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Although there's no shortage of Android tablets on the market, few are suitable for the business environment according to Panasonic. Catering to "frustrated" enterprise customers, the company has decided to fill that void by introducing a new rugged slate to its Toughbook product family. Due sometime in the fourth quarter of this year, Panasonic expects its creation to be embraced by mission critical government personnel, highly mobile field forces, small and medium businesses, security-minded IT managers and cash-conscious executives.
Outside of the "Toughbook tablet," we haven't seen a catchy name for the device, so it seems Panasonic might just let the hardware speak for itself. Unfortunately, today's announcement doesn't contain particularly revealing specifications, but it does mention a 10.1" 1024x768 multitouch display with a high brightness screen that's viewable in broad daylight -- unlike the glossy coating slathered on consumer slates. There's also word of an active stylus to capture signatures and other handwriting, as well as embedded GPS and 3G/4G modules.
The company doesn't cite specific autonomy figures apart from noting that the device will be equipped with a "full-shift" battery. We assume that means it'll last for at least eight hours of usage. Being a Toughbook product and all, you can expect a ruggedized body but Panasonic isn't ready to claim the device will withstand being dropkicked from your second-story office window. Beyond physical durability, the company promises to deliver unprecedented hardware-level security, but details are scant. We'll keep our eyes peeled for more info.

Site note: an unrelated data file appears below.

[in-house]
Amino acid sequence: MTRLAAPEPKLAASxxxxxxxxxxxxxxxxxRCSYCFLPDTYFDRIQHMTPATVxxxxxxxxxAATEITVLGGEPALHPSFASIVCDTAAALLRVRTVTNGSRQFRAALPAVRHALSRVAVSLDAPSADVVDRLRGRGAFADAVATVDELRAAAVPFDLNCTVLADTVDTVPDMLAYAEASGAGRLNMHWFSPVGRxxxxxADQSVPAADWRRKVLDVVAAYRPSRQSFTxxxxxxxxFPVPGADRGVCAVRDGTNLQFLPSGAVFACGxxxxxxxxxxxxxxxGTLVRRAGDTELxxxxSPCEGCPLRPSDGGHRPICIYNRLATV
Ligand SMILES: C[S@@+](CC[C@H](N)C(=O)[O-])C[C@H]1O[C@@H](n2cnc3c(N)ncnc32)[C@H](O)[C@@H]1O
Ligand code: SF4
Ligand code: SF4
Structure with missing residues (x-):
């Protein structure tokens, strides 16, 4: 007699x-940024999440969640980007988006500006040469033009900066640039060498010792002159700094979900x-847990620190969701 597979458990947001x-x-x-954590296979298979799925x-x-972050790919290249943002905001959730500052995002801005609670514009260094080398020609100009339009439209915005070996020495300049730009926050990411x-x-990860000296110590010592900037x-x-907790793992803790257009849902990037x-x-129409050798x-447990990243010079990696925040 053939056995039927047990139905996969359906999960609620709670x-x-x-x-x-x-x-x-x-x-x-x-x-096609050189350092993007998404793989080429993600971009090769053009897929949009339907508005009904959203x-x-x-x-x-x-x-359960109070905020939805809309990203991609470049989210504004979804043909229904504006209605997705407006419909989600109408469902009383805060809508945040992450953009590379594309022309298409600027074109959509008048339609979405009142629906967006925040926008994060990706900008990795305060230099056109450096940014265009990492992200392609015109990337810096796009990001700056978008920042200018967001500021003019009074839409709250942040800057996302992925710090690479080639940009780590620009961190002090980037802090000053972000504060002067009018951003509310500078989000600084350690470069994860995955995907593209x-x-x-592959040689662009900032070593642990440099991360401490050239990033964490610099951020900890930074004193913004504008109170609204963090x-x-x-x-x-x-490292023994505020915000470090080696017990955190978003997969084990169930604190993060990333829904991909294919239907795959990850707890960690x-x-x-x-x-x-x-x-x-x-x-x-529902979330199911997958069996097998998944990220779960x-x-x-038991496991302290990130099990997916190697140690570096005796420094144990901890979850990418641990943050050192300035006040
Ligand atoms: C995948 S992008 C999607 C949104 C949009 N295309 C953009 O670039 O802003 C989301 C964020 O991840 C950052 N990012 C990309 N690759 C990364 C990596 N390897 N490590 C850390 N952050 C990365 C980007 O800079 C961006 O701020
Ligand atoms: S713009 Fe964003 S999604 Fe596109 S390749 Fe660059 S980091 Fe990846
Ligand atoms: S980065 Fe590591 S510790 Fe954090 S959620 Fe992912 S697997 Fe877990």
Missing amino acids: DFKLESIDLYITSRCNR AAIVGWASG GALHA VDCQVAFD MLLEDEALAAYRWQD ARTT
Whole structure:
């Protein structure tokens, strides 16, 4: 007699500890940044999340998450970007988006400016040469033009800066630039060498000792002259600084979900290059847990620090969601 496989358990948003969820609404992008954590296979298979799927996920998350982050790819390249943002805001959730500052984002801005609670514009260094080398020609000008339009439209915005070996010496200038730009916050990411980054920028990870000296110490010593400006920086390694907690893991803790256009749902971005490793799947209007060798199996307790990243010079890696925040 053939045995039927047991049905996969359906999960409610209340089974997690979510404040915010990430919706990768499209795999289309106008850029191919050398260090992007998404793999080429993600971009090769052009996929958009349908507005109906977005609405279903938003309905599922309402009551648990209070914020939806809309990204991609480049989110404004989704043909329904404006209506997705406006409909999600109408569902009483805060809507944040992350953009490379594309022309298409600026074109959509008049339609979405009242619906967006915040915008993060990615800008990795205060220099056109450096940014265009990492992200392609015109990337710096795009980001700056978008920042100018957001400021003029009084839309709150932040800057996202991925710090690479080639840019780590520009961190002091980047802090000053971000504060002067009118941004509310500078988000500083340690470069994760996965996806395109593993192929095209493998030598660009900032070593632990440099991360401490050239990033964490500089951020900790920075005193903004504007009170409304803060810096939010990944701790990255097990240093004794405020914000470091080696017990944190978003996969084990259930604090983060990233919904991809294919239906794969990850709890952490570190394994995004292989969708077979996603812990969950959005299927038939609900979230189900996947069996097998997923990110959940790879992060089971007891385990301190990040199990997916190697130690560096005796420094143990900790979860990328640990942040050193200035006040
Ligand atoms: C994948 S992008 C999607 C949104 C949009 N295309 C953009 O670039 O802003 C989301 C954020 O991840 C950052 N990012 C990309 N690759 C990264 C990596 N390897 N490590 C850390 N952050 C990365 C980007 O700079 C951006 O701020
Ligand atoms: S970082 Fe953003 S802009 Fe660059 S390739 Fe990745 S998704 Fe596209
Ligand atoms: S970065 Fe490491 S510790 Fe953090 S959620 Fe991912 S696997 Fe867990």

Lenovo's also making a dash for the enterprise market, according to a Dow Jones report. Alongside its consumer slates, the company is preparing to launch a 10-inch Android tablet for professionals toward the end of the summer -- around August. "We've really been working to tailor the experience" of our tablets, said Lenovo COO Rory Read. "Some of the early-generation Android devices were a little ahead of their time, and what we're doing here is making sure [our tablets] are strong. We only have one opportunity to make that first good impression."
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